- an agile, goatlike antelope, Rupicapra rupicapra, of high mountains of Europe: now rare in some areas.
- a soft, pliable leather from any of various skins dressed with oil, especially fish oil, originally prepared from the skin of the chamois.
- a piece of this leather.
- a cotton cloth finished to simulate this leather.
- a medium to grayish yellow color.
- to dress (a pelt) with oil in order to produce a chamois.
- to rub or buff with a chamois.
Origin of chamois
Examples from the Web for chamois
The Mail, helpfully, reports that Pippa has stocked up with special “chamois cream” for the purpose of protecting her butt.Pippa Eating At McDonalds in Missouri RIGHT NOW!
June 18, 2014
Then she dried it with the chamois skins as she often had done before.Her Father's Daughter
But the chamois did not stir and gazed boldly into Swallow's eyes.Moni the Goat-Boy
He went in and selected a couple of chamois skins, very thick and strong.Henry Dunbar
M. E. Braddon
“If not, he should learn,” said the chamois hunter, viciously.
How the chamois hunter laughed at this, and showed his white teeth!
- (ˈʃæmwɑː) a sure-footed goat antelope, Rupicapra rupicapra, inhabiting mountains of Europe and SW Asia, having vertical horns with backward-pointing tips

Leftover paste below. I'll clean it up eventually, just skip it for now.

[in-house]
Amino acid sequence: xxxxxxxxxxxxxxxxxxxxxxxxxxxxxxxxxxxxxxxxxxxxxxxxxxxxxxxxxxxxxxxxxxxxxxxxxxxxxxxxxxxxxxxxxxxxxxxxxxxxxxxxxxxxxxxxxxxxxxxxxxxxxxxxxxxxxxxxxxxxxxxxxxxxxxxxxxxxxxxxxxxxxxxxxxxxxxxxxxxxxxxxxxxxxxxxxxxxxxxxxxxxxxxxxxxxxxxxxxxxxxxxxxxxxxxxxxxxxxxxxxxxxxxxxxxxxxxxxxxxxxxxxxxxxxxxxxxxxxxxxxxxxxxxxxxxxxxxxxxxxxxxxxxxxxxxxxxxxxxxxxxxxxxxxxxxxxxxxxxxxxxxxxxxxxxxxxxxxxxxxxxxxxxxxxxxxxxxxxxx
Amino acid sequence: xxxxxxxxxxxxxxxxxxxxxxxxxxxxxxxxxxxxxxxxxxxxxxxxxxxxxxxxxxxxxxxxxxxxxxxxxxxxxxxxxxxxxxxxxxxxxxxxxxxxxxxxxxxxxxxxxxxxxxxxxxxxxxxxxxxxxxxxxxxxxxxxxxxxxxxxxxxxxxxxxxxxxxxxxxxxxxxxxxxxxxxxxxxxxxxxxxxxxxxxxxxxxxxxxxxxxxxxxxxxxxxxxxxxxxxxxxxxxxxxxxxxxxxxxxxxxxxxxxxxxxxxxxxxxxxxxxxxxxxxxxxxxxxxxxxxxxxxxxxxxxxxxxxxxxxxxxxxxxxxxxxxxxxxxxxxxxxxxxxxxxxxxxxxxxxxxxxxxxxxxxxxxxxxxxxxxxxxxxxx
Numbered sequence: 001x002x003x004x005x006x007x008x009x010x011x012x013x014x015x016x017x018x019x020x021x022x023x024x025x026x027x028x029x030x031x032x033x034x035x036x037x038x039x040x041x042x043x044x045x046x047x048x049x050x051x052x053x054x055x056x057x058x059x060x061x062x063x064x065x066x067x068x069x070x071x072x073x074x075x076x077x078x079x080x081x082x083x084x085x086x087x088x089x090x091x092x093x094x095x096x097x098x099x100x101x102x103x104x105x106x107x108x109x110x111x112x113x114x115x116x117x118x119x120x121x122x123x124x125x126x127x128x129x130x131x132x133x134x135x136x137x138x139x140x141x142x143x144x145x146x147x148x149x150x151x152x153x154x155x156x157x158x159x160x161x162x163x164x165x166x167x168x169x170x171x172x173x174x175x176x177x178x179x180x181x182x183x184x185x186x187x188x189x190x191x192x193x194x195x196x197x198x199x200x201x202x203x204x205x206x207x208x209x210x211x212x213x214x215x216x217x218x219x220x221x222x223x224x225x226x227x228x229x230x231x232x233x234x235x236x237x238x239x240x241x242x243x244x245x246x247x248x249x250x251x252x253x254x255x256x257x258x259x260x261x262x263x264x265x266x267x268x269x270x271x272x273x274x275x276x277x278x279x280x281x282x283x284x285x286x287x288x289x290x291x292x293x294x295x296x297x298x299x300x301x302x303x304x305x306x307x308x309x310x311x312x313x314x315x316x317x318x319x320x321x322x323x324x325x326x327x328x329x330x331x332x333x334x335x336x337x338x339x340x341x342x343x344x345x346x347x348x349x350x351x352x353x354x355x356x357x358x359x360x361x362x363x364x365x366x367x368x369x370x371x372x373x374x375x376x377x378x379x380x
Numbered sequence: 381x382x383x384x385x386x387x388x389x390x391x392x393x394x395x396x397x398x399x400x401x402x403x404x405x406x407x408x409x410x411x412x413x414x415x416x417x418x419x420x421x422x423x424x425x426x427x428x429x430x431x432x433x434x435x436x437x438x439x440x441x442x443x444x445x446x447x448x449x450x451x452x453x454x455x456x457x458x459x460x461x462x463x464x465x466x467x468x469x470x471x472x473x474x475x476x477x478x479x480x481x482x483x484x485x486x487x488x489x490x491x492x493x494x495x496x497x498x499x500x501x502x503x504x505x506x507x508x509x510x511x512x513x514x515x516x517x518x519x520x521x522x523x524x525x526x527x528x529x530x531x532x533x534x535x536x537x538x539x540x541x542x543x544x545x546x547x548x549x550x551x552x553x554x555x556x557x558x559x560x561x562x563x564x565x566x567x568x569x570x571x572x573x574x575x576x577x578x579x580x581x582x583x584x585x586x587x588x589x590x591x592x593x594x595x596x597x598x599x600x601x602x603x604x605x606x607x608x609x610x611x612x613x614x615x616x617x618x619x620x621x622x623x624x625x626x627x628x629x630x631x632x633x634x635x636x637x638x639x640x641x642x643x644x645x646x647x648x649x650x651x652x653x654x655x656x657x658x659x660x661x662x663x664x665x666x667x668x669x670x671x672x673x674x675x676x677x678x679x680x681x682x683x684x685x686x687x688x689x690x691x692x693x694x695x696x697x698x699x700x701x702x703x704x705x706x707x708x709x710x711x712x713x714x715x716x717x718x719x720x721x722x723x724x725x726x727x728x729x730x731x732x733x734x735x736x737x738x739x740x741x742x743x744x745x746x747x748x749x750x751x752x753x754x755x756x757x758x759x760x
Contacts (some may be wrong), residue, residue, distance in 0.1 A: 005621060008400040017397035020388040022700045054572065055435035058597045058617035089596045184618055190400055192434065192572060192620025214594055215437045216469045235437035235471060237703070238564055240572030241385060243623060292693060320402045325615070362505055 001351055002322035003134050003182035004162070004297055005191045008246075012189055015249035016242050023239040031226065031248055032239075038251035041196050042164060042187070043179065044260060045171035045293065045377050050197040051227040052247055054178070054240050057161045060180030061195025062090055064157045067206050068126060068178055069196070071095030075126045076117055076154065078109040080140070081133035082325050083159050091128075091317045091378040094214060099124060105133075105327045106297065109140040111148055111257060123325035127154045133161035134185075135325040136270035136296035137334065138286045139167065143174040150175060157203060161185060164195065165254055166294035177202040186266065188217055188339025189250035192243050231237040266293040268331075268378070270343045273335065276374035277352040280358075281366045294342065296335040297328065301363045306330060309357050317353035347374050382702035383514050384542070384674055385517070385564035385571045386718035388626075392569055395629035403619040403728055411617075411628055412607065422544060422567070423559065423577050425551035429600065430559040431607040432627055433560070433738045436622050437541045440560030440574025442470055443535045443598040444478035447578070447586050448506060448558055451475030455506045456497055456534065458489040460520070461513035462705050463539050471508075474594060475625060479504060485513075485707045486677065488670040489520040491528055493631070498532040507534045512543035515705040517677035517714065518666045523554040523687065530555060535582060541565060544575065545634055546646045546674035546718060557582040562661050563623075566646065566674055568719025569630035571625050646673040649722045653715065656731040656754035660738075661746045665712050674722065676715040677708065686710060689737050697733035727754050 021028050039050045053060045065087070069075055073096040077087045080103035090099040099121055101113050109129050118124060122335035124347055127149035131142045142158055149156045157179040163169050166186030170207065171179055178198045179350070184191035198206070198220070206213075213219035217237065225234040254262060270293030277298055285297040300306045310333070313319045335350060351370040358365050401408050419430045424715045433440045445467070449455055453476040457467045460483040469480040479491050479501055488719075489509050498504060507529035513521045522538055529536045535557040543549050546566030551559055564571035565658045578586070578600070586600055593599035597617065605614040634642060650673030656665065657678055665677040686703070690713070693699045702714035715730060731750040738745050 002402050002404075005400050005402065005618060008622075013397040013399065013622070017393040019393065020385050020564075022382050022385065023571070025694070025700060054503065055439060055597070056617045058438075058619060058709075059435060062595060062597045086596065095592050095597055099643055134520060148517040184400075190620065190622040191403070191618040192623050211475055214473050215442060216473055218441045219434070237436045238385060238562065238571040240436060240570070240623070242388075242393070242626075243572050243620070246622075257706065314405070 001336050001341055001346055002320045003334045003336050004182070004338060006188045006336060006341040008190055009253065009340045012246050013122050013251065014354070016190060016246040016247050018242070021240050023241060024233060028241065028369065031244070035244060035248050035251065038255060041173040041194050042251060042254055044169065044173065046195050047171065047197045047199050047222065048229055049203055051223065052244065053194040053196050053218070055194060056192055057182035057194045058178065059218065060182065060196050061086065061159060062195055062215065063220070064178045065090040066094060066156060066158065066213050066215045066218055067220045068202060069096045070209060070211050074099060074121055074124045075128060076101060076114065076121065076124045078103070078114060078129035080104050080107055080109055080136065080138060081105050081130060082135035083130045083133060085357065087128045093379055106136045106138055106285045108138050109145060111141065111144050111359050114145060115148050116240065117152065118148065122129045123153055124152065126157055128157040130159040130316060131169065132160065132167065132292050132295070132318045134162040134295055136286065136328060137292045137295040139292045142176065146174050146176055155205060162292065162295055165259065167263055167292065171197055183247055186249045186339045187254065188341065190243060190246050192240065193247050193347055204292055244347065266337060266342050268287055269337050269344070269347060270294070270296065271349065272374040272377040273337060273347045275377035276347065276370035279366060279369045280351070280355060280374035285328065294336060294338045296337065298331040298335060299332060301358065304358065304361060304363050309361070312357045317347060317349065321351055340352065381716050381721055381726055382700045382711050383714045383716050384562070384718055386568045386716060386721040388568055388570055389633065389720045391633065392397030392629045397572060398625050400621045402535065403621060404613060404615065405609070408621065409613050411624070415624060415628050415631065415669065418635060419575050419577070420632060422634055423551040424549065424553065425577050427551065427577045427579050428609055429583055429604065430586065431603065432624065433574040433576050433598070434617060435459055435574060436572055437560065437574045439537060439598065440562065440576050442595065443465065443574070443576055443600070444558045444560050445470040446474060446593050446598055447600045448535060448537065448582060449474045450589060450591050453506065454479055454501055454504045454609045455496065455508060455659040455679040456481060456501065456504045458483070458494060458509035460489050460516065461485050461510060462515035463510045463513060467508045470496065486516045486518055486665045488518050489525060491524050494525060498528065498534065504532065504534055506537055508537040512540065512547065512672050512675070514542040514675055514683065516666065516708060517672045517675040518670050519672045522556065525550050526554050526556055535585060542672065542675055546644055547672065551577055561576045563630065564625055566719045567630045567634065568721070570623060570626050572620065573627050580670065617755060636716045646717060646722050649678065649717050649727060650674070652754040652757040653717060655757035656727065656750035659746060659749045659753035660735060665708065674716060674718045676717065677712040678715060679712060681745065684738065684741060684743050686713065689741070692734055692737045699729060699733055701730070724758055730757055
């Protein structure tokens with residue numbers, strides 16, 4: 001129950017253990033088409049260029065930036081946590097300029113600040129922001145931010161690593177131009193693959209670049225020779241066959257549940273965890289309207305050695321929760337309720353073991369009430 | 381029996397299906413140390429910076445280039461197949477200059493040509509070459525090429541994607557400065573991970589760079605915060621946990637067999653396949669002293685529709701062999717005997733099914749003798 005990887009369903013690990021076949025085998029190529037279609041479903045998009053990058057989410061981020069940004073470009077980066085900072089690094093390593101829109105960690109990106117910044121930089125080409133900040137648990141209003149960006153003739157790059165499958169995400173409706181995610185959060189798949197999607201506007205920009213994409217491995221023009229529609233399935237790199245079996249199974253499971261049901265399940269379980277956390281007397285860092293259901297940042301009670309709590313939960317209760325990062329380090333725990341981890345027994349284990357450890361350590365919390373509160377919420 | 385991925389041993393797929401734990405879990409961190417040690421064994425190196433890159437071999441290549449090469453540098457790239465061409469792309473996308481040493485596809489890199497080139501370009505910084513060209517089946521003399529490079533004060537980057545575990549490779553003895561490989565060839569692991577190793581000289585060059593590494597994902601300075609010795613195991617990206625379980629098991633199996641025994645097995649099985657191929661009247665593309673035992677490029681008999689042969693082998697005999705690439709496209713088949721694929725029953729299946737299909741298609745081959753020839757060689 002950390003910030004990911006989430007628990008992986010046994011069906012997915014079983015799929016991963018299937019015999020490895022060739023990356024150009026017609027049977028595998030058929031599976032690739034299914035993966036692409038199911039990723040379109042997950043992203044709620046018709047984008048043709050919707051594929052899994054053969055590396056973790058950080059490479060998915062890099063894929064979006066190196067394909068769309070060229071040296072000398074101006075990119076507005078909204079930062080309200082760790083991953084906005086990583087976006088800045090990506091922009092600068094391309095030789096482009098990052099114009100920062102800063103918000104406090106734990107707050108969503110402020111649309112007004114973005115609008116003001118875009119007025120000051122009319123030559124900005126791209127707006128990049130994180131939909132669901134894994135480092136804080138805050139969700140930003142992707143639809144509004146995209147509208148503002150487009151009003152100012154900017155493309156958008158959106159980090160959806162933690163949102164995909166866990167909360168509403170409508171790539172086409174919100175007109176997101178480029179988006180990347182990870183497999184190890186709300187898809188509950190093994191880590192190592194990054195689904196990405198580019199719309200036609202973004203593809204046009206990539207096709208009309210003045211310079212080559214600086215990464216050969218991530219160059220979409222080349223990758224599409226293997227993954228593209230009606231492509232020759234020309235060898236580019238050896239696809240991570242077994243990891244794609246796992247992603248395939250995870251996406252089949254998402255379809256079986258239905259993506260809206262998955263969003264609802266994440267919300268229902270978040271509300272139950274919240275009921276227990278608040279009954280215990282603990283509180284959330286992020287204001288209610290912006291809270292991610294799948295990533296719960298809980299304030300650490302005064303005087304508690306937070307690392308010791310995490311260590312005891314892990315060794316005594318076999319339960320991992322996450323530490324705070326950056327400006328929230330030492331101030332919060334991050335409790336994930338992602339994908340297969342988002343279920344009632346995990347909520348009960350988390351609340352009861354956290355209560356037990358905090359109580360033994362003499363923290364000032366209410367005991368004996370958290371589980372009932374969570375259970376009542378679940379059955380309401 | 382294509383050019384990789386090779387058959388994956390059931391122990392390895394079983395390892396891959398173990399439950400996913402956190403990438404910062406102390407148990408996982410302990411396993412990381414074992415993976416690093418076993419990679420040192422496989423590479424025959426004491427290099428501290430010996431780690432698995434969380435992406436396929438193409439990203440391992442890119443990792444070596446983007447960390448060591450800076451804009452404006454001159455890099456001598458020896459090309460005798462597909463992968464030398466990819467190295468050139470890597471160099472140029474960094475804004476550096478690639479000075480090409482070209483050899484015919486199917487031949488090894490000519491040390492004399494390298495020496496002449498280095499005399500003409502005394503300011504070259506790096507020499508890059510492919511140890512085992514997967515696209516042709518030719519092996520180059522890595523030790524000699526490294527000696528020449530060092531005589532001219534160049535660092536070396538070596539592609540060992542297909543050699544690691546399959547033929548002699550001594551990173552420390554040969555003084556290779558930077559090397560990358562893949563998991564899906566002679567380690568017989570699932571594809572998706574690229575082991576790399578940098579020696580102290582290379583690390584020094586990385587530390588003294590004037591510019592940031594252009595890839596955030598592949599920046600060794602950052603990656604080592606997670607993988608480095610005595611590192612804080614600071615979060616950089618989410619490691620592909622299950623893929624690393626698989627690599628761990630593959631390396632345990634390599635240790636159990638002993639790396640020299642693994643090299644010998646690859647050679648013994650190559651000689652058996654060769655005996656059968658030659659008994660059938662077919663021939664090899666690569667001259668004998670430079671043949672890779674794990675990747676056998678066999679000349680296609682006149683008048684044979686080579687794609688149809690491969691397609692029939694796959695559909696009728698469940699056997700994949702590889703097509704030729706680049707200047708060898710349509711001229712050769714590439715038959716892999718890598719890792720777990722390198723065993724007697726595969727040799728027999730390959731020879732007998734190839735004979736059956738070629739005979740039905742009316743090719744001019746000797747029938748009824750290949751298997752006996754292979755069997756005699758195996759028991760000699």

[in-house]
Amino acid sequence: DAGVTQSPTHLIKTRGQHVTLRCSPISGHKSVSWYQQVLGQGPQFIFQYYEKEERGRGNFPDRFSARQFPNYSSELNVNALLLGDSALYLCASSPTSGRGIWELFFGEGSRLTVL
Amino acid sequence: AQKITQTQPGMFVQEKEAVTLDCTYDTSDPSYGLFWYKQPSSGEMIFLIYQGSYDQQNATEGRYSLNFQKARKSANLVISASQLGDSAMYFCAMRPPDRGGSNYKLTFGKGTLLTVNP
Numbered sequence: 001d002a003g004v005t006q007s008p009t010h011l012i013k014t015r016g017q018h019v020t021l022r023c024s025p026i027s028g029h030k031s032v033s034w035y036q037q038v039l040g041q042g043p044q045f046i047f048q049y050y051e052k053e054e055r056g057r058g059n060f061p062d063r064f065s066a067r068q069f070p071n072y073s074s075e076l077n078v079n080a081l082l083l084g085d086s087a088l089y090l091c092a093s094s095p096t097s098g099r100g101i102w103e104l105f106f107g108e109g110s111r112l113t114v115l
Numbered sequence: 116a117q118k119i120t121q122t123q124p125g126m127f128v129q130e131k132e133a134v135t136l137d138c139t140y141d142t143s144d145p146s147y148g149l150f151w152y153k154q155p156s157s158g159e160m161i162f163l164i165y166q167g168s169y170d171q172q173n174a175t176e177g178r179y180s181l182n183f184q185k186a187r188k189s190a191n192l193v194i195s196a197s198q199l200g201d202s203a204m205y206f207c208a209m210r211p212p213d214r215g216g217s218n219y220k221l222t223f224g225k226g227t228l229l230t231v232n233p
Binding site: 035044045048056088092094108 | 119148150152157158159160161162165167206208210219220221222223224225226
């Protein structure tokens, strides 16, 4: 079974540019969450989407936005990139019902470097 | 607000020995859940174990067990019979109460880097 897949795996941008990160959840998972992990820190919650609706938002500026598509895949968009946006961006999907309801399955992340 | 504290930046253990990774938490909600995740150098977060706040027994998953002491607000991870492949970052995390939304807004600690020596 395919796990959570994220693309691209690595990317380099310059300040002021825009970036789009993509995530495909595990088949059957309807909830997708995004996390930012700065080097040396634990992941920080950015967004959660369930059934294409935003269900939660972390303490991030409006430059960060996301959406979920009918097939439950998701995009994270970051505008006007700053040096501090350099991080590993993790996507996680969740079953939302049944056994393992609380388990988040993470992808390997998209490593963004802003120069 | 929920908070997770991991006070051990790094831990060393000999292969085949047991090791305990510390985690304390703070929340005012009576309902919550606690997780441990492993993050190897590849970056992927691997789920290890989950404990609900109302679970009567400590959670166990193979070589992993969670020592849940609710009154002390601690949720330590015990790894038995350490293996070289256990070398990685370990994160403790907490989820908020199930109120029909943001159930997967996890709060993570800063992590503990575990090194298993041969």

- a soft suede leather formerly made from the hide of this animal, now obtained from the skins of sheep and goats
- Also called: chamois leather, shammy, shammy leather, chammy, chammy leather (ˈʃæmɪ) a piece of such leather or similar material used for polishing, etc
- a yellow to greyish-yellow colour
- (as modifier)a chamois stamp
- to dress (leather or skin) like chamois
- to polish with a chamois
Word Origin and History for chamois
1550s, "Alpine antelope;" 1570s, "soft leather," originally "skin of the chamois," from Middle French chamois "Alpine antelope" (14c.), from Late Latin camox (genitive camocis), perhaps from a pre-Latin Alpine language that also produced Italian camoscio, Spanish camuza, Old High German gamiza, German Gemse (though some of these might be from Latin camox). As a verb, "to polish with chamois," from 1934.